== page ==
16 A wooden cross beneath Josh’s feet was the source of the strings. Together, their eyes followed the strings up to the ceiling where they lead to a block of ice. Impossible in the summer heat, but unmistakable. And once they saw it, they could feel the cold wafting down, fighting for its own dominion through the humidity.

17 “What is that?” asked Josh.


18 “Looks like it’s screaming,” said Jenny.

19 Within the block of ice, a string leading to each appendage, was a marionette, an old man dressed in rags with a long warty nose, face contorted into a howl of agony.


2099: Necrosis

20 The Grand Adjunct stared from his tower at the creeping blight scouring the land approaching closer with every day. “It’s up to us to begin the world.”

21 “I don’t like this,” said the Queen. “How do we know they’re not starting already?”

22 “They’re just a bunch of kids on the run.” The Adjunct closed the window and moved toward the center flame, rising out of its stone circle like a lonely flower. “When they do try to reproduce, they won’t know how to do it. Carry a child to term, I mean.”

23 “Certain young women aren’t affected by the necrosis,” the Queen pointed out.

24 Taking her by the hand, the Adjunct led her toward the stairs. “I’d like to show you what we can do about that.”

25 The Queen refused to face the Adjunct. She did not want to know what he had downstairs. Rather, she did not want to see it. 

26 “I forgive you, you know . . .” he said. 

27 She put her hands over her face, as if that would block out the memory. 

28 The Adjunct said, “It was the right thing to do . . .”

29 She believed herself to be the eldest NonAffected. Likewise, with him. But she wouldn’t have him. She wouldn’t bring up a child in a dying world. But when all the other children ran away, possibly becoming feral savages, she could not bear to die alone either. Being the last of anything . . .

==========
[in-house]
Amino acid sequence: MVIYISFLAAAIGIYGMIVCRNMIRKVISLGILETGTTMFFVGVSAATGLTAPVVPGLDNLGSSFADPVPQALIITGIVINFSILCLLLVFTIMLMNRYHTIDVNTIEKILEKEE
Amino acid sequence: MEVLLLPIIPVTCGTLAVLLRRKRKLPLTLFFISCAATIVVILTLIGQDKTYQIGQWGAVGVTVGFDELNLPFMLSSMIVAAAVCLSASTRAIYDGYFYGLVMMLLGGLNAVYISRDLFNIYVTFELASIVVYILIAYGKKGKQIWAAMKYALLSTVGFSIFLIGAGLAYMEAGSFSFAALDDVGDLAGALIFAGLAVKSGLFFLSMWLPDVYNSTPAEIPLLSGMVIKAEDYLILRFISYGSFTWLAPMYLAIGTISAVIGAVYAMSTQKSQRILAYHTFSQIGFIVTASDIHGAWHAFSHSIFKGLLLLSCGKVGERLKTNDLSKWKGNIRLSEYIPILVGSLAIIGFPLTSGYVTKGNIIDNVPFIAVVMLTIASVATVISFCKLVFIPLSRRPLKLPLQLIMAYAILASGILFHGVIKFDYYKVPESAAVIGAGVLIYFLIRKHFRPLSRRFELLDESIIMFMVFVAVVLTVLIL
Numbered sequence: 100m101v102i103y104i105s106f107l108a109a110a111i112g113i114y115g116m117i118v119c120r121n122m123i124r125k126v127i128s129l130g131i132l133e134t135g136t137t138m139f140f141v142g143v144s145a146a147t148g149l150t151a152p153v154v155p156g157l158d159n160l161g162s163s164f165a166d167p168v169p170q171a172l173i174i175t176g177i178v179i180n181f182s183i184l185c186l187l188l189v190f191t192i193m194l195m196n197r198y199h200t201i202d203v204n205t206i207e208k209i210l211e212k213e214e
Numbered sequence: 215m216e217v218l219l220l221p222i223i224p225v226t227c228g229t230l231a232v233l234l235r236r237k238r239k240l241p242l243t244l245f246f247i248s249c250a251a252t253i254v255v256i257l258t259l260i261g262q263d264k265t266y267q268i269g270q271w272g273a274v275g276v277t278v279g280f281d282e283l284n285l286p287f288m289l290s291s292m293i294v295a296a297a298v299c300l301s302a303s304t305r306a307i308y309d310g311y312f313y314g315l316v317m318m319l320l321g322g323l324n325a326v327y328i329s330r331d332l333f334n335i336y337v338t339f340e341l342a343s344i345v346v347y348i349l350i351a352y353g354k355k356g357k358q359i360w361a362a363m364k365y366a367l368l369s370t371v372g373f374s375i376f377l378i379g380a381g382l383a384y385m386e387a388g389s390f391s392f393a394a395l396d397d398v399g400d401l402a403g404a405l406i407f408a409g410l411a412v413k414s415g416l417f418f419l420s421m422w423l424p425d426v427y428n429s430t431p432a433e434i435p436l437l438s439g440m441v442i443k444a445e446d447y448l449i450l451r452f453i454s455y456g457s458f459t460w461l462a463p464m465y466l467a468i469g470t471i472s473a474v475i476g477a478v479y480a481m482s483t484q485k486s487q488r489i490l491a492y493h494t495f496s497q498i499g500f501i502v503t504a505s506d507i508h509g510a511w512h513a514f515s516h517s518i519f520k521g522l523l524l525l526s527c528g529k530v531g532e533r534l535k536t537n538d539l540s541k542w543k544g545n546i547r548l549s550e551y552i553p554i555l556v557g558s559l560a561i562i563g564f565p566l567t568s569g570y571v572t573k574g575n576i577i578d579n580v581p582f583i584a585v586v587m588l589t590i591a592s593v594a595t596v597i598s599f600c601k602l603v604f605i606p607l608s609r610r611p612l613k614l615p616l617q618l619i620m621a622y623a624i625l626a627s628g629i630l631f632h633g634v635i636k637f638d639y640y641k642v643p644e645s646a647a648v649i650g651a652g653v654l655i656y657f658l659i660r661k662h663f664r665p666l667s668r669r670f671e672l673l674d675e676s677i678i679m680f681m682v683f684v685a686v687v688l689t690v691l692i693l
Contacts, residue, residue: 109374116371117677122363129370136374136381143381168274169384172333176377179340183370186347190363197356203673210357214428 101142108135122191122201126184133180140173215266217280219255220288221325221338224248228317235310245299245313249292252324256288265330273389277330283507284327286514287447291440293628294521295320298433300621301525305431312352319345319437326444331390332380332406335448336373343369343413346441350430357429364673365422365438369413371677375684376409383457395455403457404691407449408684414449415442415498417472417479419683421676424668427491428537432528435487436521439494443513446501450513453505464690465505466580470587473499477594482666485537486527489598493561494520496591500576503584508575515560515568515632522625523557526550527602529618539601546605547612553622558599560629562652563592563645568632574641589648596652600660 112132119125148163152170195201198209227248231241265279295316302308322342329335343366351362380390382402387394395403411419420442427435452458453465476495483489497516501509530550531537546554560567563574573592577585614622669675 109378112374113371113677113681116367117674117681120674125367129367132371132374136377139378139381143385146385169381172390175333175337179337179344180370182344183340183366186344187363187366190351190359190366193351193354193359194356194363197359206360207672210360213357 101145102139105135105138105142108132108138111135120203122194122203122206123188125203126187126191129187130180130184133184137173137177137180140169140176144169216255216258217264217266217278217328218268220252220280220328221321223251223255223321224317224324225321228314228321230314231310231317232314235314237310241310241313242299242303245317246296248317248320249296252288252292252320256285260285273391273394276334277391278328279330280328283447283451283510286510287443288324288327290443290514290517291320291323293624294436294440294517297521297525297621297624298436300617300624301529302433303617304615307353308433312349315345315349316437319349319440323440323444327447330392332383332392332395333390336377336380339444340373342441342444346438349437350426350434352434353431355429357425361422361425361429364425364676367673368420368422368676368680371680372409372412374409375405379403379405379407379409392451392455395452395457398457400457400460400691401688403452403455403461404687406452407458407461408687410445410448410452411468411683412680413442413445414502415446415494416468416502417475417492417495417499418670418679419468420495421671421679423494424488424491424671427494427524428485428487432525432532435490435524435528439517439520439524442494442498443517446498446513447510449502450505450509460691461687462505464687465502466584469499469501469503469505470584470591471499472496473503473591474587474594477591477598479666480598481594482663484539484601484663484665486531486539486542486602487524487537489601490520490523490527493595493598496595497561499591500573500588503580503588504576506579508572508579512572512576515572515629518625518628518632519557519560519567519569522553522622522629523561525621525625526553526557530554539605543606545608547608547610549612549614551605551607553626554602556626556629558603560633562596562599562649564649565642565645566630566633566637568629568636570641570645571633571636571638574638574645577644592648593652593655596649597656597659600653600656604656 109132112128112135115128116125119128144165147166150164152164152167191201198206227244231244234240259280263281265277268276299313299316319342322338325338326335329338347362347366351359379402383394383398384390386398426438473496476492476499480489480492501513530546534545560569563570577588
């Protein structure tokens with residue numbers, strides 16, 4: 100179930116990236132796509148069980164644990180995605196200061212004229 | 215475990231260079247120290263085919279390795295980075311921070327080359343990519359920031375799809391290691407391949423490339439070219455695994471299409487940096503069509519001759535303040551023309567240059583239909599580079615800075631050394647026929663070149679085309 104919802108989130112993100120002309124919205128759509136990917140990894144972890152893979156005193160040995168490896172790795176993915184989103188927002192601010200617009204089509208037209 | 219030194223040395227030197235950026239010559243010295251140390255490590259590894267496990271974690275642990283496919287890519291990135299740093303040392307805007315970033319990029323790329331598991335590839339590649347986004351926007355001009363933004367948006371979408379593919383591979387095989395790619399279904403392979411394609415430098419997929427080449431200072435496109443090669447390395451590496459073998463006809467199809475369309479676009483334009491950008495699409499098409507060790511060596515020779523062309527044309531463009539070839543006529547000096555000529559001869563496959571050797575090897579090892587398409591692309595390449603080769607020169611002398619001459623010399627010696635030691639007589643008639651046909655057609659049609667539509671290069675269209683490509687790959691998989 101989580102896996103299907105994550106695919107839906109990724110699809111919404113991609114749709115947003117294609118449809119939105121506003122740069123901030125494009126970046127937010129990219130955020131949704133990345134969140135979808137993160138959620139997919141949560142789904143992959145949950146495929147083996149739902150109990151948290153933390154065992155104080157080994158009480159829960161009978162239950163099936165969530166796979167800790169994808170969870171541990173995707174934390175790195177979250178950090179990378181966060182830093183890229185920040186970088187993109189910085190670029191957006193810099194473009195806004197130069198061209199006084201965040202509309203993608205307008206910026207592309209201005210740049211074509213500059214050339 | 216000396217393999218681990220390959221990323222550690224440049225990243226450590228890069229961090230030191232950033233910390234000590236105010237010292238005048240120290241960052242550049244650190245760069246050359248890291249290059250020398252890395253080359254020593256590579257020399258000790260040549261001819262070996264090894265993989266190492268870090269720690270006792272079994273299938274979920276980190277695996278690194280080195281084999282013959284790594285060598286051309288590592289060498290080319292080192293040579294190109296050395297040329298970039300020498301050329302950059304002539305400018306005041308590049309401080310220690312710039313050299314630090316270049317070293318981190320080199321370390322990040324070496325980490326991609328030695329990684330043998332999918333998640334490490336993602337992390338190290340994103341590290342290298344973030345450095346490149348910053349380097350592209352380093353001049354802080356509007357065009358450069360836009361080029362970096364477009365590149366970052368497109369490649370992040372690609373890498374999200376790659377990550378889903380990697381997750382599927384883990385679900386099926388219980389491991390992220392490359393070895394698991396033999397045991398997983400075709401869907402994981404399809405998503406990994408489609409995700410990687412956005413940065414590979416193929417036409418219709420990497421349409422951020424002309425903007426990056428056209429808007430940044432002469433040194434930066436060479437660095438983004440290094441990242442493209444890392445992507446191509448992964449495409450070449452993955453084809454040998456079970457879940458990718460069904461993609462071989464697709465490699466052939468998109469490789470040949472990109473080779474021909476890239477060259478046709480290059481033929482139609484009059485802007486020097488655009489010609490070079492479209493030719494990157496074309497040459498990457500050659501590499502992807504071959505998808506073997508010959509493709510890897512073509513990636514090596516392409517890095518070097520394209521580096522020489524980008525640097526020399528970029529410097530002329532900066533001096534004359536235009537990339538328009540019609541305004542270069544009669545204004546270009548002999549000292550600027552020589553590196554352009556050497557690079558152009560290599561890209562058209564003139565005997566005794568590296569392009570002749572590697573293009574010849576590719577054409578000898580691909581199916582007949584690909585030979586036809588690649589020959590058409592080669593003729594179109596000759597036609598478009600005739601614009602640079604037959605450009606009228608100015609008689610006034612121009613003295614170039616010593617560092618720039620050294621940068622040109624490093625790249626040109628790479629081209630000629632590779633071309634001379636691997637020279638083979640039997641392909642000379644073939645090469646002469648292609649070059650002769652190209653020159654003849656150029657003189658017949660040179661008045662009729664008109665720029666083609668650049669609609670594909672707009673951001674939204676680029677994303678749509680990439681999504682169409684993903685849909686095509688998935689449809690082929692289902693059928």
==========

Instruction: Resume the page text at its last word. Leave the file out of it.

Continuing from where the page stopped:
30 All the blood, and they both still lived through it. As if the Necrosis was a stasis of death after a certain age.

31 “There’s plenty downstairs,” he said, taking her by the waist. “I just want you to see . . .”

32 Together, they descended the stone steps to the castle basement. One. By. One.

33 “Those that didn’t get away . . .” he said.

34 He knocked on the large wooden door. Slow echoing footsteps approached and the door creaked open, revealing Dr. Block. Unshaven, wild-haired Dr. Block. Insisting on the white lab coat when its color was now anything but.


35 “Has she agreed?” he asked.


36 “Willing to see . . .” said the Adjunct.


37 The delighted doctor led them through the torchlit hall into his lab. Glass jugs covered wooden tables, with tubes exchanging fluid between them. In each glass jar, an organ, sometimes enveloping a barely human shape.

38 “I apologize for the smell,” said the doctor, “but whenever we find a fresh one, we need to harvest the uterus as soon as possible, and well, the wild animals haven’t been coming as quick as usual . . .”


39 “I understand, doctor,” said the Adjunct. “But my question remains the same. Are they viable, and can she support one?”

40 He placed his hand on the Queen’s belly, feeling even through the gown, the rough scar of her self-vivisection. The same scar he felt between his own two legs.

Ice of Flight

41 It seemed there were endless layers of sky. That’s what they were told in the academy. Levels of fire and ice. So cold up there, and gravity had such little effect, that ice would form and just stay, however, the light would refract through the layers in such a way that tremendous heat could be generated rapidly. 

42 Depending on what level you were flying at, you could be underwater, in an ice-storm, surrounded by flame, or in a calm zone. Likewise, each of these levels had differing degrees of severity to them. 


43 The ships could withstand most anything, and the battle-flyers biggest problem was encountering enemy ships. 


44 As usual, other people ruin everything.

45 Most no one had even seen the ground for years. Maybe their entire lives. A flyer took to the air and stayed there. It’s a hard but swift adaptation that takes away the urge to live any other kind of life. Shuttling cargo and people from place to place. 

46 The ever-constant battles meant there was always a host of wreckage flying around. Much of it salvageable. Some flyers didn’t even have their own ships or suits, but survived merely from wreckage-hopping and cobbling parts together. It tended to limit your mobility, but it could be done and was a cheap way to live. 


47 Is it really more dangerous to live non-fighting and without protection than to constantly be fighting with protection? Different answer every time.